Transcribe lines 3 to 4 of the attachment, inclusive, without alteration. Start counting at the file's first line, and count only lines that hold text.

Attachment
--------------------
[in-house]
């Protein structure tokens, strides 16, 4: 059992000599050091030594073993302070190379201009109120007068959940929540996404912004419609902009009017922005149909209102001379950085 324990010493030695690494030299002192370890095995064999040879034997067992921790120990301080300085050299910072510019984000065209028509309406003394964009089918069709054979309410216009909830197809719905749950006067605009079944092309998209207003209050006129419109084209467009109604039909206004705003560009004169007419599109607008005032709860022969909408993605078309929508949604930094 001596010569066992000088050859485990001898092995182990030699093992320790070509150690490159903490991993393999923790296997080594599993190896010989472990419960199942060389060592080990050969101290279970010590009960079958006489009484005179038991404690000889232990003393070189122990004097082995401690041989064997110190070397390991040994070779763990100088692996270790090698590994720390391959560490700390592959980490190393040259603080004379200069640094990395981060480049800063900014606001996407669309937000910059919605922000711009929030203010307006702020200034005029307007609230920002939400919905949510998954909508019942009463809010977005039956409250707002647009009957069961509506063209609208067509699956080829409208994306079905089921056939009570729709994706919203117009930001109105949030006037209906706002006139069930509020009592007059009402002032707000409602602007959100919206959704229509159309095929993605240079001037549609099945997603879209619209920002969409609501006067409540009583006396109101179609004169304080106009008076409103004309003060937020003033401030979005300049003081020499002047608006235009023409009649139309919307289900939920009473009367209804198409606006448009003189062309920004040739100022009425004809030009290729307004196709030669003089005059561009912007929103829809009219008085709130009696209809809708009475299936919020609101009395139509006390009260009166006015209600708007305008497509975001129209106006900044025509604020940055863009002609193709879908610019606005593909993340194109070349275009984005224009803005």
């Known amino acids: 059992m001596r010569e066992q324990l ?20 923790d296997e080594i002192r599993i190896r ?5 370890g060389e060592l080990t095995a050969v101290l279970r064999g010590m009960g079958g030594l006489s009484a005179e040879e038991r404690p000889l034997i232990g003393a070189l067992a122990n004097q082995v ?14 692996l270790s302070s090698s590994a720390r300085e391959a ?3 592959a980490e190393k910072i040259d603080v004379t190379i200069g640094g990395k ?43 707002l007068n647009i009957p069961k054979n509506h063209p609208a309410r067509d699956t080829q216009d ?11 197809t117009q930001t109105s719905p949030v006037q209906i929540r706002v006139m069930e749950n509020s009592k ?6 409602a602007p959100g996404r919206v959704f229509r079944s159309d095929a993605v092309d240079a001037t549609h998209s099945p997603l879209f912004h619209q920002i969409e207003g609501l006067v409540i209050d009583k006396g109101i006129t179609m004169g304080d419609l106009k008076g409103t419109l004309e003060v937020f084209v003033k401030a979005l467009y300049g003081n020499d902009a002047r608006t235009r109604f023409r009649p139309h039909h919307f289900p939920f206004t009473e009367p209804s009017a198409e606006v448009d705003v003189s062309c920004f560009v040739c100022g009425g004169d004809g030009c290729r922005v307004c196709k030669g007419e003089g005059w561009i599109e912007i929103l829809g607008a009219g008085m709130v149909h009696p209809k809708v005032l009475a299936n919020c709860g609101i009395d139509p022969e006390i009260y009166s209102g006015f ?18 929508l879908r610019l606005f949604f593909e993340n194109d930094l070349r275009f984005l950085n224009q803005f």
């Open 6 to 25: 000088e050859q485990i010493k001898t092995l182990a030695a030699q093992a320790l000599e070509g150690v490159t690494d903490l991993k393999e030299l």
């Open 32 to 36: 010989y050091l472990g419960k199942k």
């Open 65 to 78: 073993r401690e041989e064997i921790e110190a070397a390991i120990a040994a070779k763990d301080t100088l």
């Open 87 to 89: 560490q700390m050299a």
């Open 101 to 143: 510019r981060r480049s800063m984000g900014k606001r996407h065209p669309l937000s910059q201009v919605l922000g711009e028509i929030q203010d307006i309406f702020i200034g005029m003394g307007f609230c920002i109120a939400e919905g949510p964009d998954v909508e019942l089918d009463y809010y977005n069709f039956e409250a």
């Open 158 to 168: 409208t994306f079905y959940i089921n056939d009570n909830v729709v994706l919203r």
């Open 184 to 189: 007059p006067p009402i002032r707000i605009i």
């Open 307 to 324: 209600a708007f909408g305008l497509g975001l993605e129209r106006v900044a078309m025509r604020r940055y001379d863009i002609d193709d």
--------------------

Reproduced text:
């Known amino acids: 059992m001596r010569e066992q324990l ?20 923790d296997e080594i002192r599993i190896r ?5 370890g060389e060592l080990t095995a050969v101290l279970r064999g010590m009960g079958g030594l006489s009484a005179e040879e038991r404690p000889l034997i232990g003393a070189l067992a122990n004097q082995v ?14 692996l270790s302070s090698s590994a720390r300085e391959a ?3 592959a980490e190393k910072i040259d603080v004379t190379i200069g640094g990395k ?43 707002l007068n647009i009957p069961k054979n509506h063209p609208a309410r067509d699956t080829q216009d ?11 197809t117009q930001t109105s719905p949030v006037q209906i929540r706002v006139m069930e749950n509020s009592k ?6 409602a602007p959100g996404r919206v959704f229509r079944s159309d095929a993605v092309d240079a001037t549609h998209s099945p997603l879209f912004h619209q920002i969409e207003g609501l006067v409540i209050d009583k006396g109101i006129t179609m004169g304080d419609l106009k008076g409103t419109l004309e003060v937020f084209v003033k401030a979005l467009y300049g003081n020499d902009a002047r608006t235009r109604f023409r009649p139309h039909h919307f289900p939920f206004t009473e009367p209804s009017a198409e606006v448009d705003v003189s062309c920004f560009v040739c100022g009425g004169d004809g030009c290729r922005v307004c196709k030669g007419e003089g005059w561009i599109e912007i929103l829809g607008a009219g008085m709130v149909h009696p209809k809708v005032l009475a299936n919020c709860g609101i009395d139509p022969e006390i009260y009166s209102g006015f ?18 929508l879908r610019l606005f949604f593909e993340n194109d930094l070349r275009f984005l950085n224009q803005f």
């Open 6 to 25: 000088e050859q485990i010493k001898t092995l182990a030695a030699q093992a320790l000599e070509g150690v490159t690494d903490l991993k393999e030299l």